SOCIAL SCIENCES

America's Longest Siege: Charleston, Slavery, and the Slow March Toward Civil War

Overlook. 2013. 384p. illus. notes. bibliog. index. ISBN 9781590207192. $27.95. HIST
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Kelly (literature, Coll. of Charleston; Our Joyce) brings a literary sensibility to this vivid and engrossing study of slavery in and around one of its trading hubs, Charleston, SC, site of the first and longest Civil War siege and a hotbed of political, economic, religious, and moral debates about importing, owning, and trading slaves. The author explores the popular ideological arguments for and against slavery in the only American city (and state) in which black slaves outnumbered whites. Digging deeply into documentary evidence such as journals, letters, and printed public speeches to illuminate what both abolitionists and slave owners thought about using human capital to build wealth and maintain a power imbalance, Kelly frames the issue of slavery as a cultural battle within the South rather than of the South versus the North. Politically powerful pro-slavery "fire-eaters" such as John C. Calhoun and James Hammond claimed to use logic and reason in perpetuating the slave trade while painting abolitionists as dangerous idealists who failed to see that slavery was a "necessary evil" or even a "positive good."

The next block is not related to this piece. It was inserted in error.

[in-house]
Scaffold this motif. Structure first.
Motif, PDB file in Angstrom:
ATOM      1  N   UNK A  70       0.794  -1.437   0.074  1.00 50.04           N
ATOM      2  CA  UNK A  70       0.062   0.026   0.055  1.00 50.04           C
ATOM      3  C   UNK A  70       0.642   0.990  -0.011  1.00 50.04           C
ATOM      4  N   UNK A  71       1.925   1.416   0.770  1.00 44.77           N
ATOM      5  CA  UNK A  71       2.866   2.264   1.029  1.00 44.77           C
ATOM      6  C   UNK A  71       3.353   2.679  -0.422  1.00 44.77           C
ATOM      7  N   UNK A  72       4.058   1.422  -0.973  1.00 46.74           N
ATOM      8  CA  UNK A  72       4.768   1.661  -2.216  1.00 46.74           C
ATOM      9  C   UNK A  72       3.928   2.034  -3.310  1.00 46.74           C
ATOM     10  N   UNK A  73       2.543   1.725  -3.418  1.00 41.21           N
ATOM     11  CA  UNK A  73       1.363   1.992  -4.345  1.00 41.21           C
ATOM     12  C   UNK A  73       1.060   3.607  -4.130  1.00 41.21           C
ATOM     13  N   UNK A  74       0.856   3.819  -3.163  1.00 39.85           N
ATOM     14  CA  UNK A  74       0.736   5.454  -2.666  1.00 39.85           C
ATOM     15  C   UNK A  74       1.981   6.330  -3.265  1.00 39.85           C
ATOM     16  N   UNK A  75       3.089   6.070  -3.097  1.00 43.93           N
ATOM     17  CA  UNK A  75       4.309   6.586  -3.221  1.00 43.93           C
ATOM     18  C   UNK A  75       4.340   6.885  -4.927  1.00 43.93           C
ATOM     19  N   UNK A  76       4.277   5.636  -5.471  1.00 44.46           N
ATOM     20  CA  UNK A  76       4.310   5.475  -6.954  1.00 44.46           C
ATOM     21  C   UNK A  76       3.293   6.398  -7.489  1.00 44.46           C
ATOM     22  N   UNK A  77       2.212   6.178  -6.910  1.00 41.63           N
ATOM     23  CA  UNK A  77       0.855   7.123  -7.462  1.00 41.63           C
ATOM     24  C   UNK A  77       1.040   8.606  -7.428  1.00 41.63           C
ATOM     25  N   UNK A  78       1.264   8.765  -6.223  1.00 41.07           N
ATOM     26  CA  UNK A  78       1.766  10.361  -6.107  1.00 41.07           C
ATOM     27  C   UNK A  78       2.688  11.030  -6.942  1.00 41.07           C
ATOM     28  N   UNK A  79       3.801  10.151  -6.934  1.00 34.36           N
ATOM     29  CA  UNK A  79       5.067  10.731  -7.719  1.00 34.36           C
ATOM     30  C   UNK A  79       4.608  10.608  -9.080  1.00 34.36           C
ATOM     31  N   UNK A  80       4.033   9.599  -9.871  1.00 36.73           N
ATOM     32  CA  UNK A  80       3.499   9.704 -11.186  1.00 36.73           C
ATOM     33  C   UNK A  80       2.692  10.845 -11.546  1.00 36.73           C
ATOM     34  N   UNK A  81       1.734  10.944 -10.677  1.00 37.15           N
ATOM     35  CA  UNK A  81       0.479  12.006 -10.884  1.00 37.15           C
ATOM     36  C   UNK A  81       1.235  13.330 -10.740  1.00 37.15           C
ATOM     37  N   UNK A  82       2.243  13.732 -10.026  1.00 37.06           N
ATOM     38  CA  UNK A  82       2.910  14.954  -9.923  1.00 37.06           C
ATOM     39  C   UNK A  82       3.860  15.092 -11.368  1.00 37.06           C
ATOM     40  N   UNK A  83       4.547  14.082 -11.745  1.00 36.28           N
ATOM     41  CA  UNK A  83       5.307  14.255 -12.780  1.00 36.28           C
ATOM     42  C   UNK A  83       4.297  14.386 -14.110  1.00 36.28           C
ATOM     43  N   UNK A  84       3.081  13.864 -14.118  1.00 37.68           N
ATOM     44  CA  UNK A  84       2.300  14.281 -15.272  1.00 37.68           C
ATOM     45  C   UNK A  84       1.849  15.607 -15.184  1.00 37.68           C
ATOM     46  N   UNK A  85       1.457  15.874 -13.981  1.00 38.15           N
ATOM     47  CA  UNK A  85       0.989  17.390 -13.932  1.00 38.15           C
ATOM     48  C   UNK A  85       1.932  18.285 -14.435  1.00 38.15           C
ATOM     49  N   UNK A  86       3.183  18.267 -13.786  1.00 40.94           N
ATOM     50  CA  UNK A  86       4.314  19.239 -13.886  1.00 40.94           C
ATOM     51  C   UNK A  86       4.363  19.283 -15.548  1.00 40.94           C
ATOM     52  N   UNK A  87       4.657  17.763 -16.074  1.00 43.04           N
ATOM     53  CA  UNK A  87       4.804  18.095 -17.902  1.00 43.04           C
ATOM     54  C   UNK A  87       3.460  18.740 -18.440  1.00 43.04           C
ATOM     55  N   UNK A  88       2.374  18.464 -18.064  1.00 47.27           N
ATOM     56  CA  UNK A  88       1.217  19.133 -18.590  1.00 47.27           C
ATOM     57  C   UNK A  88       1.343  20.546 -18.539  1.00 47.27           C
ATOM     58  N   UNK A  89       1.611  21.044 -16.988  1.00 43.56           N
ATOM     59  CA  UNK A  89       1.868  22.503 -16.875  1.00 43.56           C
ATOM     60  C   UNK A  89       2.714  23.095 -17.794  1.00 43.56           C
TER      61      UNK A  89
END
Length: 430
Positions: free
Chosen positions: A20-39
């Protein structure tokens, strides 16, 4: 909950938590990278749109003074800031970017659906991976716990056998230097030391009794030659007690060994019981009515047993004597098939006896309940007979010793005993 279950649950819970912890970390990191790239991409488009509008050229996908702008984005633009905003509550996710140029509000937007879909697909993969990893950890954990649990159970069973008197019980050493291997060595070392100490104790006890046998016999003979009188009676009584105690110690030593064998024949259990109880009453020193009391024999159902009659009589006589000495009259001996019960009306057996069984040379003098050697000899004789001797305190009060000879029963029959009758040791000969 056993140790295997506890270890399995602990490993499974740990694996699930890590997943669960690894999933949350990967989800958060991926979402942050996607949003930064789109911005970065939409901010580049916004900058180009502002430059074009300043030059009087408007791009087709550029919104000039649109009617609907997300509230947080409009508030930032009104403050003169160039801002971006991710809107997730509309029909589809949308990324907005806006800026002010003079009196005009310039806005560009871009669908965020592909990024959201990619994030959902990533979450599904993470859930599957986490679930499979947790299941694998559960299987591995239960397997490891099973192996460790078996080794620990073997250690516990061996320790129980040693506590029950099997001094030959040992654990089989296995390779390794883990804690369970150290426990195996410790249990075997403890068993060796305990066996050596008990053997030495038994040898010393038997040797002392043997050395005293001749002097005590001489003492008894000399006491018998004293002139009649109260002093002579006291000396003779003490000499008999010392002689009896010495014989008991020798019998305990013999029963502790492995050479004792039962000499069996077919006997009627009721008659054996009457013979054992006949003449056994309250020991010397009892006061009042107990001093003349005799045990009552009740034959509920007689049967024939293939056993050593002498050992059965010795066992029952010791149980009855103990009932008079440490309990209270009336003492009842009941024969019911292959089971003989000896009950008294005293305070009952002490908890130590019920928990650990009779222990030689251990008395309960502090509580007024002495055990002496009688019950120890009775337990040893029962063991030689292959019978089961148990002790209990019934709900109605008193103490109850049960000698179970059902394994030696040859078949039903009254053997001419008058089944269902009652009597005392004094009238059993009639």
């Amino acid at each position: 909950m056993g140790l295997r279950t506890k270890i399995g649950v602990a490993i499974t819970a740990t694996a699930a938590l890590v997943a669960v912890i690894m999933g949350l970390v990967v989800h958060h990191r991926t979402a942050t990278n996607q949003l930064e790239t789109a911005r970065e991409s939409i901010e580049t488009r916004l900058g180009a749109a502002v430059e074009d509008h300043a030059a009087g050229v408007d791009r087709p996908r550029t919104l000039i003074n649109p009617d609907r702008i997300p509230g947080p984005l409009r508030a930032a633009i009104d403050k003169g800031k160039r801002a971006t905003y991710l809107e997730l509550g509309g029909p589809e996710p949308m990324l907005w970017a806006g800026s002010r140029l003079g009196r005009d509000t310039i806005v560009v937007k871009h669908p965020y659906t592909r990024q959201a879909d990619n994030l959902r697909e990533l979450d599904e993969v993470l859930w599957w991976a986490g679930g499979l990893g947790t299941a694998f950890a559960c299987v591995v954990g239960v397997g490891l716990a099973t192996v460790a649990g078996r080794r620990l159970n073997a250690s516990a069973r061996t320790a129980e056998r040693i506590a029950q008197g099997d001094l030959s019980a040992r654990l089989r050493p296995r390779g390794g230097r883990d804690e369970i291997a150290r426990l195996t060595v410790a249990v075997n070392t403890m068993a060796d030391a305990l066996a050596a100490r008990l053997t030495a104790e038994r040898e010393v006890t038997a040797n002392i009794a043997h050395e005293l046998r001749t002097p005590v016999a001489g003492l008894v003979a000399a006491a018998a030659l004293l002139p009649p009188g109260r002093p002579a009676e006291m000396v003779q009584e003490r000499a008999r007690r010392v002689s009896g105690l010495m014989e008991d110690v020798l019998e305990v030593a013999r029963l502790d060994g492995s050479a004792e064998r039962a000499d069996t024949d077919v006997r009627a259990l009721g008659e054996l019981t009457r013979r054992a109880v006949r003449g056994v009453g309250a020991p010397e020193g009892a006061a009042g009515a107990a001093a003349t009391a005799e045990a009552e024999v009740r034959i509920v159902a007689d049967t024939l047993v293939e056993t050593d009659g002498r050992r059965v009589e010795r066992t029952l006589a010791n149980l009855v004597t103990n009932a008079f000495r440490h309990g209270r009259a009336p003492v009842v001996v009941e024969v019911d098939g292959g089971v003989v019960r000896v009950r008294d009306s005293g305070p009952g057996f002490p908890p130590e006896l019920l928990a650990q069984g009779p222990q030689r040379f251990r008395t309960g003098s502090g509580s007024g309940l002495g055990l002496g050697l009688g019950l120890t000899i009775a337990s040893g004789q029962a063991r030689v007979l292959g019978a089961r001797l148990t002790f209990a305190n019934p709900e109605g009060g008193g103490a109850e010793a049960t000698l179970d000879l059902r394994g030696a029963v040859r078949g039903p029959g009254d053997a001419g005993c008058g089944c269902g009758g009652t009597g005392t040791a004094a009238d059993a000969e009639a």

VERDICT Well written and finely detailed, Kelly's debut historical work is an important contribution to Southern antebellum history and is highly recommended to scholarly readers.

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